State Standard Deduction Amounts

Just like the federal income tax, there are ways for taxpayers to reduce their taxable income for state taxes. While most states have a standard deduction, some do not. A great example of this is Colorado which the state has no standard deduction. So taxpayers in Colorado can only itemize their deductions. Other states that don’t have standard deductions include Connecticut, Illinois, Indiana,

One misconception regarding the state income tax deductions is it being the same with federal income tax deductions. Your state tax deductions aren’t comparable with the federal income tax deductions. In fact, a good portion of itemized deductions that are available to claim on your federal income tax return is simply not the same for state taxes.

Itemizing deductions or claiming the standard deduction and rolling with it is undoubtedly the most common way taxpayers reduce their taxable income. However, the two aren’t the only way. Taxpayers can claim dependents on their tax returns to qualify for dependent deductions and credits. Unlike deductions, tax credits are more valuable.

The tax credits lower your tax bill rather than reducing your taxable income. The most common tax credit Americans claim is the Child Tax Credit which you can learn more about here.

List of State Standard Deductions Amounts

As we’ve mentioned above, not all states have a standard deduction amount. From the table, you can see whether the state has a standard deduction amount or not. If your state can’t be found below, it simply doesn’t impose an income tax or it doesn’t have a standard deduction. See the list of states without an income tax.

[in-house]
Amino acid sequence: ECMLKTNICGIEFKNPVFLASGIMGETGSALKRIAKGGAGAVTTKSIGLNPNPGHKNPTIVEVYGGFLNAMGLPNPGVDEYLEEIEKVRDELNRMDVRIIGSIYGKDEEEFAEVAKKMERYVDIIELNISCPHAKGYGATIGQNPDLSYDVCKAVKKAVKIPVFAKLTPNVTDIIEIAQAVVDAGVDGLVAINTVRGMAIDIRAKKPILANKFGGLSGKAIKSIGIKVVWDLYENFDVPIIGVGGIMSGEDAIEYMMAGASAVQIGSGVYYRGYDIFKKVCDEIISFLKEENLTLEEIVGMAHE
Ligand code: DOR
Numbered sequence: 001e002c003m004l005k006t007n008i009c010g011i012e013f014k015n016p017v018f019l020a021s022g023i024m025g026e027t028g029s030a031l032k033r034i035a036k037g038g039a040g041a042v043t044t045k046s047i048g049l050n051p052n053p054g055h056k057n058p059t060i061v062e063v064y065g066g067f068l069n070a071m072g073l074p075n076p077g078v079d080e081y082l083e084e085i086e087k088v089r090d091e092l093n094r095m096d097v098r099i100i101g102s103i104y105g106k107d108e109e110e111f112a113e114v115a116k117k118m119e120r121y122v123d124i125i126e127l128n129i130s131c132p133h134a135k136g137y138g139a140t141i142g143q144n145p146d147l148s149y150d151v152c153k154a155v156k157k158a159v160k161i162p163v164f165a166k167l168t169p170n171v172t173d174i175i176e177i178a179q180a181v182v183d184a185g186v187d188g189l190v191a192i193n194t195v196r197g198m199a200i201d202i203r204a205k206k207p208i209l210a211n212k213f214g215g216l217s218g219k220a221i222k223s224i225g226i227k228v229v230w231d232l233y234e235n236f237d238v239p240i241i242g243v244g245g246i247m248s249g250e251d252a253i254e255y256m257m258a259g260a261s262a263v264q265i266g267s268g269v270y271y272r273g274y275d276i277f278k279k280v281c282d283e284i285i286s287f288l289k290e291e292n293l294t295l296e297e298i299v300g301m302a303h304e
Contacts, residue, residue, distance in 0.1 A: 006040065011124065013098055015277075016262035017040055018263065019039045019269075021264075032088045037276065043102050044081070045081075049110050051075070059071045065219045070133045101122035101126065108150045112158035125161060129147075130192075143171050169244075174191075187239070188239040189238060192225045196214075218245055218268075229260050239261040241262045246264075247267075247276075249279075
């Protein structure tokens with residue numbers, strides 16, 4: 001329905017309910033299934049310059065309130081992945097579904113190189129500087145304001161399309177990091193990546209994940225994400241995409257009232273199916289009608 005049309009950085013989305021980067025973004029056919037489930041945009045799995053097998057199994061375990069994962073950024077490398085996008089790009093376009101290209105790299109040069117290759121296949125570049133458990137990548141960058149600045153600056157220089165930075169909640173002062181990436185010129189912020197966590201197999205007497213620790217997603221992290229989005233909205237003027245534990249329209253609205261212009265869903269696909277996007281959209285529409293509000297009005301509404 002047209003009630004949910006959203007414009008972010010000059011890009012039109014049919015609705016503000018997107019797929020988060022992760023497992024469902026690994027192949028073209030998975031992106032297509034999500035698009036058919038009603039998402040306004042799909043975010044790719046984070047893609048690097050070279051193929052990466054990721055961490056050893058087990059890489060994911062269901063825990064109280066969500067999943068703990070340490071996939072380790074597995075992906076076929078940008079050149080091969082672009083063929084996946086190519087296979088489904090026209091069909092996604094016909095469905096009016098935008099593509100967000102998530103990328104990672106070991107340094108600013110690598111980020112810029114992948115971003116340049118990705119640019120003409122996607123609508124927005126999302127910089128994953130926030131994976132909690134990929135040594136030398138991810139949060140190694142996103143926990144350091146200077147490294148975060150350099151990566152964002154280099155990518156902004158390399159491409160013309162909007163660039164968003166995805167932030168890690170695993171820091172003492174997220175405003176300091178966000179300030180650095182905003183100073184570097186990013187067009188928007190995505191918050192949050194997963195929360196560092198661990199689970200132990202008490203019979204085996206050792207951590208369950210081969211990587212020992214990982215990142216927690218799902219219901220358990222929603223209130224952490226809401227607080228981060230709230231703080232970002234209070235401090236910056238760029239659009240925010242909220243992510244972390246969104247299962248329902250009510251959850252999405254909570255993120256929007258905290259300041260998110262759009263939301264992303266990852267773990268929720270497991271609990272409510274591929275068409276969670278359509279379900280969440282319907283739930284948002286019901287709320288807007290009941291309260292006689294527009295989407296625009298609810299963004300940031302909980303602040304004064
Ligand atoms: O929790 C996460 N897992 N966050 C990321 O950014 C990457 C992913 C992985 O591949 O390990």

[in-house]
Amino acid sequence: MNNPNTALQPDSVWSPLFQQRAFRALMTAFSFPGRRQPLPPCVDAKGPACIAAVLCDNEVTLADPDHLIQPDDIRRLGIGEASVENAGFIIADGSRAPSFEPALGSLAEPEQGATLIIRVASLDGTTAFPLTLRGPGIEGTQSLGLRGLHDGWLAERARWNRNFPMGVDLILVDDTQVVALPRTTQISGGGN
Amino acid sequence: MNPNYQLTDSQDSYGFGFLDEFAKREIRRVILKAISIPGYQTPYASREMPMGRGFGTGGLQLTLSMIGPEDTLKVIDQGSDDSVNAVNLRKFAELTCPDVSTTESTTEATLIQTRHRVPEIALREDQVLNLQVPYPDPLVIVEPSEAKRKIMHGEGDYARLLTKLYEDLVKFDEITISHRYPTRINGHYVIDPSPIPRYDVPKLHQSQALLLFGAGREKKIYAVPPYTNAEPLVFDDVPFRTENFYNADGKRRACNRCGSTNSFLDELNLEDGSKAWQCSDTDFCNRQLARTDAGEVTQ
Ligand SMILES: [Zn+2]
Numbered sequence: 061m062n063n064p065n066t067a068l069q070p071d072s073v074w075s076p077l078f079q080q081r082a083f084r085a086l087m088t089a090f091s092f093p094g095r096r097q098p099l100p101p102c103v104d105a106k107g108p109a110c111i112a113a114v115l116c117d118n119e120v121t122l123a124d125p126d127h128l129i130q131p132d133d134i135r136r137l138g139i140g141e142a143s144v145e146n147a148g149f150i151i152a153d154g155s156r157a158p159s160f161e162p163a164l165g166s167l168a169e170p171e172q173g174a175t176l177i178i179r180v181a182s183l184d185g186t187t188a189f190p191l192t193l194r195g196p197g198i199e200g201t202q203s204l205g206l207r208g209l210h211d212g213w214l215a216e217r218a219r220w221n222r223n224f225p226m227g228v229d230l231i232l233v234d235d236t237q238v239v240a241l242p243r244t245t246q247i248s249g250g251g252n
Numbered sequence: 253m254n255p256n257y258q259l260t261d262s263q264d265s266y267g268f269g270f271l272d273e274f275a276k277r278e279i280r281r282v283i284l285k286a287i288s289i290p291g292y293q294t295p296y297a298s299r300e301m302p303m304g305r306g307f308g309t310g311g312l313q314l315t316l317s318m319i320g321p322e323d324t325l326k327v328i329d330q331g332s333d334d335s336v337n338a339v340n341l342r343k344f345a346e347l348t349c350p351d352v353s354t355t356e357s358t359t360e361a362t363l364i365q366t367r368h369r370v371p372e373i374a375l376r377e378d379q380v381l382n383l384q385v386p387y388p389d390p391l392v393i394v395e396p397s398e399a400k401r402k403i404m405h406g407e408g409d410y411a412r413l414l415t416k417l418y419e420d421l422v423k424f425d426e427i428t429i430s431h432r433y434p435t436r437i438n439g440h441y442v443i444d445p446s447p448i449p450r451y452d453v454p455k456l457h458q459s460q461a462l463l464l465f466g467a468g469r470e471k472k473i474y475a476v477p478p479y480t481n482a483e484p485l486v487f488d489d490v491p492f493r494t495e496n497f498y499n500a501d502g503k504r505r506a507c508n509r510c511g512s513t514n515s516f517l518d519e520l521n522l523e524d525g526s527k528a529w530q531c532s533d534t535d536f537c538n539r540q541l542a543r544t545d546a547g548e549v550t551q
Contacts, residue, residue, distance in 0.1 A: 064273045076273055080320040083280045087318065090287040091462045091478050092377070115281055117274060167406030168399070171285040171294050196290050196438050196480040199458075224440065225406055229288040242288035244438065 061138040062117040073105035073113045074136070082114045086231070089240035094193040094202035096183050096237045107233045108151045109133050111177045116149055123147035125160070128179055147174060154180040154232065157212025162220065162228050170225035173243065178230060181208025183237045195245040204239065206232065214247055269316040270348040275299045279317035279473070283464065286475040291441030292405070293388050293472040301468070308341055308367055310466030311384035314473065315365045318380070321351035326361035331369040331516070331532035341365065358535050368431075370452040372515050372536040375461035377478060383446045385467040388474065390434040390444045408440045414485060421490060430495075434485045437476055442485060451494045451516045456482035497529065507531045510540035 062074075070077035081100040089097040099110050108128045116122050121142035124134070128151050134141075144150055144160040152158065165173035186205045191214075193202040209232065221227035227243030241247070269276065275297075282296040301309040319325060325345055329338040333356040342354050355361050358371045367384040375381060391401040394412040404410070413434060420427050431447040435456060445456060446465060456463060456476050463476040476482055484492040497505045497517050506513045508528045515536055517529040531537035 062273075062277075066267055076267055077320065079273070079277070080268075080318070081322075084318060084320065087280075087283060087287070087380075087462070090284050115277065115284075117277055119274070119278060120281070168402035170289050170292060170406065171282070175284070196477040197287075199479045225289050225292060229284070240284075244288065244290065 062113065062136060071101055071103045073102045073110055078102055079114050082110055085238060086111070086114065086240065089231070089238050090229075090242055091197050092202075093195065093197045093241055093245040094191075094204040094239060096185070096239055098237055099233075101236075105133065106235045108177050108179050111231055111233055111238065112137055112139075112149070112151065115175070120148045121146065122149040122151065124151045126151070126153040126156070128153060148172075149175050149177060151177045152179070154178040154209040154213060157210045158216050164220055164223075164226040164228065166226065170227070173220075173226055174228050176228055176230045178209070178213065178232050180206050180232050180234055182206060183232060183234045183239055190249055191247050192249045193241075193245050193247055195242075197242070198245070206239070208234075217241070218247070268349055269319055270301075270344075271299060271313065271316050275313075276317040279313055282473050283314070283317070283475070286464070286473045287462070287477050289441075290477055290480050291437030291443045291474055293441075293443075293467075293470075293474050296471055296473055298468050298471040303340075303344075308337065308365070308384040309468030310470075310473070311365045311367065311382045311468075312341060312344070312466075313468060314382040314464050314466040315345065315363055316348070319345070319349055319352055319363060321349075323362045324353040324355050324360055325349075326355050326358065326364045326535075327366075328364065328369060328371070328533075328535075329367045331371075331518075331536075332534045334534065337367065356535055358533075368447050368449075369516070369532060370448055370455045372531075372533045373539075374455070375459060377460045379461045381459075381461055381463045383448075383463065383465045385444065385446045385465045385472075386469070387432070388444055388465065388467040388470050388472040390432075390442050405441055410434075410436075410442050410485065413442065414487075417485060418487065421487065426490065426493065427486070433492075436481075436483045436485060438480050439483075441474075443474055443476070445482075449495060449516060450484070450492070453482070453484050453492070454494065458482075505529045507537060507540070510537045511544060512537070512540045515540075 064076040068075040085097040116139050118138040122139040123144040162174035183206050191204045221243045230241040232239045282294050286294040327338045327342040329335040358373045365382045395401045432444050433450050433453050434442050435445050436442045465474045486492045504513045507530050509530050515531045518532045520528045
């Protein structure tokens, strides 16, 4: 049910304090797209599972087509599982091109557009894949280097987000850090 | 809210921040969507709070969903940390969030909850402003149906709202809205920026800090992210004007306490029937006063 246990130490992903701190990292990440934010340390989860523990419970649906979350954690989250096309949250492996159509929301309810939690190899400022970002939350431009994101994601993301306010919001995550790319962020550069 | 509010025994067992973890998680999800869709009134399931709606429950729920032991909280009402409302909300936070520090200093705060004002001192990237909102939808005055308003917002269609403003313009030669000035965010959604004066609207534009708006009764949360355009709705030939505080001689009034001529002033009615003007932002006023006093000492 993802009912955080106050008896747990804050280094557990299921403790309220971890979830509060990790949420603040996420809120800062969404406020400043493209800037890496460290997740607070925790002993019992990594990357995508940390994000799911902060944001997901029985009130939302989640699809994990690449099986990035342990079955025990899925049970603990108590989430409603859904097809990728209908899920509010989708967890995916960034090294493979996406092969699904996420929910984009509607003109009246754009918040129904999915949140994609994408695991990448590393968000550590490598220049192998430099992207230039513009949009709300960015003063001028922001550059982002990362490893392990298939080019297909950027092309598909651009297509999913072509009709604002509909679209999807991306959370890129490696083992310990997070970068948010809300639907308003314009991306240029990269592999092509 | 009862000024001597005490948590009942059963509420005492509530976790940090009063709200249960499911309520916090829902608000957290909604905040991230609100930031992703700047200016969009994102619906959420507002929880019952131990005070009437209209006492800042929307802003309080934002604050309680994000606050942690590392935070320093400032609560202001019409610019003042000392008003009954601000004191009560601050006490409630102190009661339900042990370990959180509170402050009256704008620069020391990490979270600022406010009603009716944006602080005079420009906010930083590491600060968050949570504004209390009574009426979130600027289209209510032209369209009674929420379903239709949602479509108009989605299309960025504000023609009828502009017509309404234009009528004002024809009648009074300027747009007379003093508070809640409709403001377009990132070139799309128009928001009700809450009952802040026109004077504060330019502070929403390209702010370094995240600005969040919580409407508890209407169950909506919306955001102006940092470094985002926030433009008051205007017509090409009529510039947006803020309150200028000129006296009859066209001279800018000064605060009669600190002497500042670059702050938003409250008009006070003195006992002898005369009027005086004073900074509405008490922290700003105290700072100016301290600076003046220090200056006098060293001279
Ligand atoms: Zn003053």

StateSingle FilersMarried Filing Jointly- Qualifying Widow(er)Married Filing SeparatelyHead of Household
Alabama$2,000 to $2,500$4,000 to $7,500$2,000 to $3,750$2,000 to $4,700
California$4,537 $9,074$4,537 $9,074
Maryland*$1,500 to $2,250$3,050 to $4,550$1,500 to $2,250 $3,050 to $4,550
Montana$2,090 to $4,710$4,180 to $9,420
New Mexico$12,400$24,800$12,400$18,650
New York*$3,100 or $8,000$16,050$8,000$11,200
North Carolina$10,000$20,000$10,000$15,000
Rhode Island$8,750$17,500$8,750$13,100
South Carolina$12,200$24,400$12,200$18,350

List of States Without Standard Deduction

  • Colorado
  • Connecticut
  • Illinois
  • Indiana
  • New Jersey
  • North Dakota
  • Pennyslvania
  • West Virginia

*Kentucky: When filing Kentucky state income tax, joint filers can’t get a double the amount of separate filers. Instead, each of the individuals filing separately can claim a standard deduction.

*Maryland: If you claimed the standard deduction on your federal income tax return, you must also claim the standard deduction on your Maryland state return. If you itemized though, you can choose to take the standard deduction or itemize.

*Michigan: The standard deduction is only available for taxpayers who are 67 or older before the end of the tax year.

*New York: The standard deduction amount is $3,100 for single filers if someone claims them as a dependent. If not, the standard deduction amount is $8,000.

*Oregon: To claim Oregon standard deduction, your spouse also must claim standard the standard deductions when filing separately.

*Wisconsin: The shown standard deduction amount is the maximum. In Wisconsin, the more you earn, the less your standard deduction will be and vice versa.

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